A Method for Election Forecasting

26 Pages Posted: 26 Nov 2018

See all articles by Christopher Charles

Christopher Charles

University of the West Indies

Gleasia Reid

University of the West Indies (Mona), Department of Government, Students

Neena Albarus

University of the West Indies (Mona)

Date Written: October 31, 2018

Abstract

The CHAMPSKNOW system was used to predict the 2016 Jamaican General Election. The questions asked were: what were the probabilities of the JLP or the PNP winning the election? Would the election be close? How many seats would each party receive? Integrated or mixed methods were used with quantitative and qualitative data. These data were macro-economic and demographic indicators (1962-2015) and regression was done to identify the significant predictors of party in power; general election results (1962-2011) were used to calculate the vote share and frequency of wins and seat type; type of CDF disbursements (2008-2015) and a regression was done to determine the significant predictors of MP victory; published polls (1962-2016) were used to identify the most accurate poll to guide the forecast; independent voter survey in marginal seats was used with vote share, frequency of wins and seat type to determine seat count; newspaper stories about the election were coded as positive and negative stories about the parties; the parties’ audio-visual ads were coded as positive, negative and contrasts ads. The final forecast gave the PNP a 55% chance of winning (with 35 seats) and the JLP a 45% chance (with 28 seats), a close election. The JLP won with 49.5 % of the popular vote (31 seats) to the PNP’s 49.1% (30 seats) because of the promised tax break. This wildcard was not assessed since voters tend to ignore campaign promises because they were usually unfulfilled.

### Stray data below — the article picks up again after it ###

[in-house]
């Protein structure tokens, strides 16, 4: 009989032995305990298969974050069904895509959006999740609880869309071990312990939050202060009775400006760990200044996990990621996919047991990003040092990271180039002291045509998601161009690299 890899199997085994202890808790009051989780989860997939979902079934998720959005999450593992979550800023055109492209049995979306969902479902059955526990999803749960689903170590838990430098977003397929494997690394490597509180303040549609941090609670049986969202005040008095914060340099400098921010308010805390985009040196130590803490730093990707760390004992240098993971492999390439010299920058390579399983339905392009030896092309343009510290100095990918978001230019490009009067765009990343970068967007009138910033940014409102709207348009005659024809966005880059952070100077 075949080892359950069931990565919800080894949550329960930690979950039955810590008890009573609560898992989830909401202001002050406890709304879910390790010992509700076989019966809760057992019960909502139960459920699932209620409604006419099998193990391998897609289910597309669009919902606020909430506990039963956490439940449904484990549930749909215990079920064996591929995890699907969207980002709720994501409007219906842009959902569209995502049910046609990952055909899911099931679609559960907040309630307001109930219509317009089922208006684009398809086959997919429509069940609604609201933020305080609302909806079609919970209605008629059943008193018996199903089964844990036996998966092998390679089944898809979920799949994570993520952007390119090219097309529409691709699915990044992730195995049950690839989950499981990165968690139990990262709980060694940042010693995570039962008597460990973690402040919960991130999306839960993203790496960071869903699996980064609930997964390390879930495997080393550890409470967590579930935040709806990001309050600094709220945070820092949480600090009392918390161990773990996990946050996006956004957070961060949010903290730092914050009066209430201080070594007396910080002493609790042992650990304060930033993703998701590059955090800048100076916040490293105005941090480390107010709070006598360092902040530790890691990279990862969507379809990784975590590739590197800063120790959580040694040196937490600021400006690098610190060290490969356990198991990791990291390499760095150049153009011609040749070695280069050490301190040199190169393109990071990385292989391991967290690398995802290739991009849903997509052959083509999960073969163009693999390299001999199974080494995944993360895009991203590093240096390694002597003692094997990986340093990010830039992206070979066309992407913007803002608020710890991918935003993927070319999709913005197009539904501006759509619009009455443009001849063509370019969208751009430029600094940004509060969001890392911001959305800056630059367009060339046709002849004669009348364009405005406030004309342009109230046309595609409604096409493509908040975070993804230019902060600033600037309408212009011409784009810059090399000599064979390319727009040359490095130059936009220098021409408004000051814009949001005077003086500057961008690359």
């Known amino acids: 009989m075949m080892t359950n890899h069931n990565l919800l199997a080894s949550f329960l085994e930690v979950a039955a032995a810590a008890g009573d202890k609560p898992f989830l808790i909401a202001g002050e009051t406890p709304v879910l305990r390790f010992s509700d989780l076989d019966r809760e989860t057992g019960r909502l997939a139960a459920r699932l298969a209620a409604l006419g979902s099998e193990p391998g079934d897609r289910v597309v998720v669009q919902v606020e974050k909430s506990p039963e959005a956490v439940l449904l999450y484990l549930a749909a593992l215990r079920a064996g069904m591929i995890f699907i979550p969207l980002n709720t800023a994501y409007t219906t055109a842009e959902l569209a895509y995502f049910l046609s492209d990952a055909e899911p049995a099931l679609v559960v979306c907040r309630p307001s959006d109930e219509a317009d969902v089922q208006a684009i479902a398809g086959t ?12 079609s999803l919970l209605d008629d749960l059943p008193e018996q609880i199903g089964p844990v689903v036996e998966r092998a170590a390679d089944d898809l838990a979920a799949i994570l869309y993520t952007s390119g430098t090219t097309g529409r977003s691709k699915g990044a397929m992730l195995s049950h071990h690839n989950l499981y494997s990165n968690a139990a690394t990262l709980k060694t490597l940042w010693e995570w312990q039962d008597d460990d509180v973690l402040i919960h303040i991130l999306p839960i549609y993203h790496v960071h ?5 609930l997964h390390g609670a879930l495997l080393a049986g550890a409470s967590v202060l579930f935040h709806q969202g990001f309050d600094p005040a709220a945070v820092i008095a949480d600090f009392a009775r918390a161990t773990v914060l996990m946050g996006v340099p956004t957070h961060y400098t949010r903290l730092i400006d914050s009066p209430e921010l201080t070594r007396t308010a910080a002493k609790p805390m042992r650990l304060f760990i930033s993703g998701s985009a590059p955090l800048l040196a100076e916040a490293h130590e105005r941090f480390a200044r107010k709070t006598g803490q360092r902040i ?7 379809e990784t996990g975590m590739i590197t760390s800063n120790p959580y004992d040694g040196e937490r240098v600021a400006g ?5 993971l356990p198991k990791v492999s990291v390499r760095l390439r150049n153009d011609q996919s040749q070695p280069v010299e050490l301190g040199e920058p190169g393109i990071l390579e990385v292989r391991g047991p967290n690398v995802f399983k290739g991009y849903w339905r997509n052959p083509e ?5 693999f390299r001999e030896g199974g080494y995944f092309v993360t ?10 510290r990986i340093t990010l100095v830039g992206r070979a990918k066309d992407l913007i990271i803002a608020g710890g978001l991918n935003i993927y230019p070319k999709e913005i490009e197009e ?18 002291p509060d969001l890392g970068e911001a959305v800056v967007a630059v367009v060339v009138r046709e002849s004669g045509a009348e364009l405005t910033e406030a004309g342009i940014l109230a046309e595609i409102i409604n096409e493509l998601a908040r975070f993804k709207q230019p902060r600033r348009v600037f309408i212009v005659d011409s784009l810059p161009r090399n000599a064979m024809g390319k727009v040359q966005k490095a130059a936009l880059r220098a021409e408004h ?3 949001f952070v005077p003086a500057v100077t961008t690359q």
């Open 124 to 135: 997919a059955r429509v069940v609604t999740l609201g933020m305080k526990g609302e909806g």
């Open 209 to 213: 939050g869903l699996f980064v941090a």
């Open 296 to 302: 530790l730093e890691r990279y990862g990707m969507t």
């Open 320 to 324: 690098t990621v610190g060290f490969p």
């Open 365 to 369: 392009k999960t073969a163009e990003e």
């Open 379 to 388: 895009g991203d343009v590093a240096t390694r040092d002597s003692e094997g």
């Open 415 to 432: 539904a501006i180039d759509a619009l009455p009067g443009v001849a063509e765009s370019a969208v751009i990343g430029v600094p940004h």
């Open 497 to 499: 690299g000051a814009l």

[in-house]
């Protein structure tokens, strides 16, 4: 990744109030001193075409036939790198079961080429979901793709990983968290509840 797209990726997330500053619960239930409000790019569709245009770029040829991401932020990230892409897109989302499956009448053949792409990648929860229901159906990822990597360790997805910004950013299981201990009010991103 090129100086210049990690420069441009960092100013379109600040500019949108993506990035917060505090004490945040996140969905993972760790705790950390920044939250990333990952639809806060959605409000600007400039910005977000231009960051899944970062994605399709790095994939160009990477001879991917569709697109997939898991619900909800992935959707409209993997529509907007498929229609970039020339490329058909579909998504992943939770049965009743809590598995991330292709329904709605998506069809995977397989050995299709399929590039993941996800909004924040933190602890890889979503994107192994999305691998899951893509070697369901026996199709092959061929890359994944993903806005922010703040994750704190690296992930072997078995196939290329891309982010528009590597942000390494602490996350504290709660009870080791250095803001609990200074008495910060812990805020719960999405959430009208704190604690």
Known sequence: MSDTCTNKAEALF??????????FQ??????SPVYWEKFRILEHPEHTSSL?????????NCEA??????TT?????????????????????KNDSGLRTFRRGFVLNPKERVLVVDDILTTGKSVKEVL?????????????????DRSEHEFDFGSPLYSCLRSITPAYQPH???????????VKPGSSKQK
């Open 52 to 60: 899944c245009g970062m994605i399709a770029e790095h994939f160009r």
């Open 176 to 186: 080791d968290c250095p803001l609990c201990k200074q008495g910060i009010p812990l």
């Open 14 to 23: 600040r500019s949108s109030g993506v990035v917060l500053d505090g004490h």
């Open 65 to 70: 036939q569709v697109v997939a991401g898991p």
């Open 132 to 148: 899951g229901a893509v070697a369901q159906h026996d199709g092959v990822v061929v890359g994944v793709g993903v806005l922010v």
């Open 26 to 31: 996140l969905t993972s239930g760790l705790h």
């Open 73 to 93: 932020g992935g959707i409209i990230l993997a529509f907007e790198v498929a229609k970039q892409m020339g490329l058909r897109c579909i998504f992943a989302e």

Suggested Citation

Charles, Christopher and Reid, Gleasia and Albarus, Neena, A Method for Election Forecasting (October 31, 2018). Available at SSRN: https://ssrn.com/abstract=3275872 or http://dx.doi.org/10.2139/ssrn.3275872

Christopher Charles (Contact Author)

University of the West Indies ( email )

Kingston
Kingston 7
Mona, Mona Kingston 7
Jamaica

Gleasia Reid

University of the West Indies (Mona), Department of Government, Students ( email )

Mona
Jamaica

Neena Albarus

University of the West Indies (Mona) ( email )

Kingston
Kingston 7
Mona, Mona Kingston 7
Jamaica

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